We are further told that, "Under Athelstane, the English court was polished to a considerable degree, and became the chosen residence or asylum of several foreign princes. 3 Louis d'Outremer, the French king, took refuge in London before he secured the throne; and even the Celtic princess of Armorica or Brittany, when expelled their states by the Northmen or Normans, fled to the court of Athelstane in preference to all others.
The compiler of the 1st vol. of the "History of England" in "Murray's Family Library," makes Harfagra figure at the battle of Stamford Bridge in 1066, when his age must have been at least 200 years! He, along with many other writers, seems to have confounded Harfagra with Hardrada. proves the accuracy of Sir Frederic Madden's remark-that " have thought it easier to make assertions than researches."
2 In Norwegian history he is styled "Hakon (not Haco,) the Good," and "Athelstein's Fostra," i.e. "Athelstane's charge," or "Alumnus."
3 “Edinburgh Cabinet Library-Scandinavia,” vol. 1, p. 136 ; and “ Knight's Pictorial History of England," vol. 1, p. 169.
He bestowed his sisters in marriage' on the first [continental] sovereigns of those times, and altogether, he enjoyed a degree of respect, and exercised an influence on the general politics of Europe, that were not surpassed by any living sovereign."
Now, when we consider that Chess was known in Scandinavia more than half a century before the time of Athelstane, a period during which the Danes and Saxons were almost intermingled in England, when we take into account Athelstane's residence in Norway before he ascended the Anglo Saxon throne; above all, when we consider the presence of Prince Hakon, and that of the French Louis, at the English Court-and finally the intimate relations of that Court with the various continental powers-when, I say, we consider all these circumstances, it is absolutely impossible for us not to infer that the game of Chess was then introduced into this island.
Sir Frederic Madden states, in p. 280:-"Snorre Sturleson relates an anecdote of King Canute which would prove that monarch to have been a great lover of the game. About the year 1028, whilst engaged in his warfare against the kings of Norway and Sweden, Canute rode over to Roskild, to visit Earl Ulfr, the husband of his sister. An entertainment was prepared for their guest, but the king was out of spirits and did not enjoy it. They attempted to restore his cheerfulness by conversation, but without success. At length, the earl challenged the king to play at Chess, which was accepted, and, the Chess-table being brought, they sat down to their game. After they had played awhile, the king made a false move, in consequence of which Ulfr captured one of his opponent's knights. But the king
1 Otho, the son of Henry, Emperor of Germany, received the hand of one of these noble ladies, and another was married to Louis, Duke of Acquitaine.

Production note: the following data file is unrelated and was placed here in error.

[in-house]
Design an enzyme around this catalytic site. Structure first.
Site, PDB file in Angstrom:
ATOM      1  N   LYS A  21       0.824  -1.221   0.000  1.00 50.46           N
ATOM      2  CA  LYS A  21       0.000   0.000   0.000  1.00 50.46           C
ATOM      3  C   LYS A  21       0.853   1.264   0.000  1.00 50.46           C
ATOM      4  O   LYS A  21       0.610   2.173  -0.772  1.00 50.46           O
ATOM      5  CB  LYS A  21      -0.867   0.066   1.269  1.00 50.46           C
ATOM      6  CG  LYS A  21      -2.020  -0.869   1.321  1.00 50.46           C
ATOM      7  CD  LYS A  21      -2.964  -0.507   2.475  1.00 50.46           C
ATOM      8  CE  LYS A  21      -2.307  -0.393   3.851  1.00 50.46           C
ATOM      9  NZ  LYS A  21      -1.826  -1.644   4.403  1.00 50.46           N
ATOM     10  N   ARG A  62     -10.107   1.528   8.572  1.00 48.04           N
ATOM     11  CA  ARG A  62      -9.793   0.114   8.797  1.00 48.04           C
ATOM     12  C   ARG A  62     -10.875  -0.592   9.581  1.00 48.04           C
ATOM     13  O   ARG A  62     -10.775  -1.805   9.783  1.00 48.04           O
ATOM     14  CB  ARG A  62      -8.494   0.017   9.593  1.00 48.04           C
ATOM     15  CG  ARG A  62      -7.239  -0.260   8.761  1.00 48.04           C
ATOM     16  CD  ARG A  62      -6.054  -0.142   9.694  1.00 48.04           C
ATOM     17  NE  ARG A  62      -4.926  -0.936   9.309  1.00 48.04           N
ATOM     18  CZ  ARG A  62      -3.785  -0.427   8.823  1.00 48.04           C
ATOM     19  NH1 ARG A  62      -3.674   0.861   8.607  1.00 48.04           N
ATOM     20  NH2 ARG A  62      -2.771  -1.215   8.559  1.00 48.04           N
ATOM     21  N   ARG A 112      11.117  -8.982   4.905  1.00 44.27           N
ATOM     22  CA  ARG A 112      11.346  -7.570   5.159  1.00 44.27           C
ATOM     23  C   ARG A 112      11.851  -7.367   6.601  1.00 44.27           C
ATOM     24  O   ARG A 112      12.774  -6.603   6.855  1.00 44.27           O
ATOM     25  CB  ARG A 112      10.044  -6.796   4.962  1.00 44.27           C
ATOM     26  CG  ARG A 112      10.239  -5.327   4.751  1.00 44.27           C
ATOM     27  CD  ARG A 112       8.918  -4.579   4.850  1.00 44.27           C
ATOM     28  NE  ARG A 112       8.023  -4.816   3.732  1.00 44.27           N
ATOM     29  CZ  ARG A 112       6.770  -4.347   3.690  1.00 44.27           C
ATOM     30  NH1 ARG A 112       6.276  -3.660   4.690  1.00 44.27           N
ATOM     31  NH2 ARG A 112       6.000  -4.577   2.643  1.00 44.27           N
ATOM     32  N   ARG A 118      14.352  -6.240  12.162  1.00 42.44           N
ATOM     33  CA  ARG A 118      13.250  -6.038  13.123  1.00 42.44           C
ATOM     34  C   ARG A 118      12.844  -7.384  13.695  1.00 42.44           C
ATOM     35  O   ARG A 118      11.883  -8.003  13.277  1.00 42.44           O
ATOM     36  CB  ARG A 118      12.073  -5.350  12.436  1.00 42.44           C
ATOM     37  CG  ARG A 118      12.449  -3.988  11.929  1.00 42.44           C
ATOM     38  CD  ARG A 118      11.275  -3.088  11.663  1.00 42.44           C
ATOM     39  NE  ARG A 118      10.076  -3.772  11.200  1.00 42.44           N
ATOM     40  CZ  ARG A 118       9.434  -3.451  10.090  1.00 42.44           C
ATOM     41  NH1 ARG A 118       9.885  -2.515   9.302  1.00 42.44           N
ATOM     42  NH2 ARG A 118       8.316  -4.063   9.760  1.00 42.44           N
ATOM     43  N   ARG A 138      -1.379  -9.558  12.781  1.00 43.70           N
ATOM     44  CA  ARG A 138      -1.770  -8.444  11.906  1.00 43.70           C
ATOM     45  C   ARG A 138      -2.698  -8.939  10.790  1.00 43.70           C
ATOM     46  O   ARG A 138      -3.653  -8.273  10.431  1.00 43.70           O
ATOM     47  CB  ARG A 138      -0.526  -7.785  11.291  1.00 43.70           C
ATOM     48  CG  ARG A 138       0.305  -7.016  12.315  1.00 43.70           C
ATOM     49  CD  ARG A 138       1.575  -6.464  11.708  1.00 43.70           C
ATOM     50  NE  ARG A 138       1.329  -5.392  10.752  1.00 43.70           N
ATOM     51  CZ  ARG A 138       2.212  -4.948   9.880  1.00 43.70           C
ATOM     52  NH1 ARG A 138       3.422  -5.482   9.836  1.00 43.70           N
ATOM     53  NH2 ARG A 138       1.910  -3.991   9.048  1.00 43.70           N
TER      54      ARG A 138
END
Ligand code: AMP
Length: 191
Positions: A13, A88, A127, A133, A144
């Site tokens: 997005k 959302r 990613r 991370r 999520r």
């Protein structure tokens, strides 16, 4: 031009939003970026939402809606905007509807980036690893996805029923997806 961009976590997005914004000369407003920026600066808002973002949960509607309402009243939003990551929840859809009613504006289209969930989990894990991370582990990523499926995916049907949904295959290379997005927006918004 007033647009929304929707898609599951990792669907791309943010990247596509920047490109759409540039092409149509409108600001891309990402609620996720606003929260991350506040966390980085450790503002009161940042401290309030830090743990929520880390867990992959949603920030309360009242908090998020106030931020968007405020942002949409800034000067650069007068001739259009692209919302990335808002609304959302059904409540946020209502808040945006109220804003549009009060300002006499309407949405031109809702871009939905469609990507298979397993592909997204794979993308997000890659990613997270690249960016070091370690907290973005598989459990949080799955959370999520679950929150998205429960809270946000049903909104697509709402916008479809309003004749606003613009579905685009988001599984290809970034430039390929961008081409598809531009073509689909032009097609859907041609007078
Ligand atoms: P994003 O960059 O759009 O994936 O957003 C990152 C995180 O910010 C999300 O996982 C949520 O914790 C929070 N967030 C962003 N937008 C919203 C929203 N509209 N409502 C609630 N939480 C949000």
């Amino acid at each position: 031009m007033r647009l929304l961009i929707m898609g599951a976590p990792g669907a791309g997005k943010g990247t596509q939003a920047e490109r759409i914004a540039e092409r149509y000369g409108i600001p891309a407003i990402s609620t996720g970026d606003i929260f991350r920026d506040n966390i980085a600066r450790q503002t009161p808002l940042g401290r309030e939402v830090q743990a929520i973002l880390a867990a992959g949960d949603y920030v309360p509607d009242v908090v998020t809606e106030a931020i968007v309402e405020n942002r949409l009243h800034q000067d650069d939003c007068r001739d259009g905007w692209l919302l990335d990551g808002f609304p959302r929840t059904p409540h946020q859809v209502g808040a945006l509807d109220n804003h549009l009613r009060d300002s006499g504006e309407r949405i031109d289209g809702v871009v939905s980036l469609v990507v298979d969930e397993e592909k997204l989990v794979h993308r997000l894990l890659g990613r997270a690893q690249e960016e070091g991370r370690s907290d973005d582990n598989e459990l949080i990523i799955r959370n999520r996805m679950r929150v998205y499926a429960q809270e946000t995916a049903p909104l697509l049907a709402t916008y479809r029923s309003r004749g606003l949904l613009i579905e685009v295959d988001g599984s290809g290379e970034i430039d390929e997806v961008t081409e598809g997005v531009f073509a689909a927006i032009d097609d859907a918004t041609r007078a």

would not allow it, and replacing his piece, bade the earl play differently. On this, the earl (who was of a hasty disposition) waxing angry, overturned the Chessboard and left the room. The king called after him, saying: 'Ulfr, thou coward, dost thou thus flee?' The earl returned to the door, and said, 'You would have taken a longer flight in the river Helga, had I not come to your assistance, when the Swedes beat you like a dog-you did not then call me a coward.' He then retired, and some days afterwards was murdered by the king's orders.' This anecdote is corroborated [so far as the Chess is concerned,] by a passage in the anonymous history of the monastery of Ramsey, composed, probably, about the time of Henry I., where we are told, that Bishop Etheric coming one night at a late hour on urgent business to King Canute, found the monarch and his courtiers amusing themselves at the games of dice and Chess."2
Chess in Italy.
I hold it quite probable that the Italians may have acquired their knowledge of Chess immediately before or during the ninth century, in two different ways. First, from the Saracens by way of Sicily and Naples-Second, from the same people by way of Marseilles. That they did receive the game from the Saracens, and not from the Greeks, is quite evident from the names of the Chess pieces. At the same time, we freely admit that there was established at an early period a close inter
Saga af Olafi hinom Helga, capp. 162, 163, tom. ii., p. 275, 276. The sister of this Ulfr was wife to Earl Godwin, and mother of Harold, King of England.
2 "Ipse [Ethericus] quoque mannum, curiam aditurus, ascendens, ipsum que calcaribus urgens, Regem adhuc tesserarum vel scacorum ludo longioris tædia noctis relevantem invenit." Hist. Rames. ap. Gale, vol. 1. p. 442.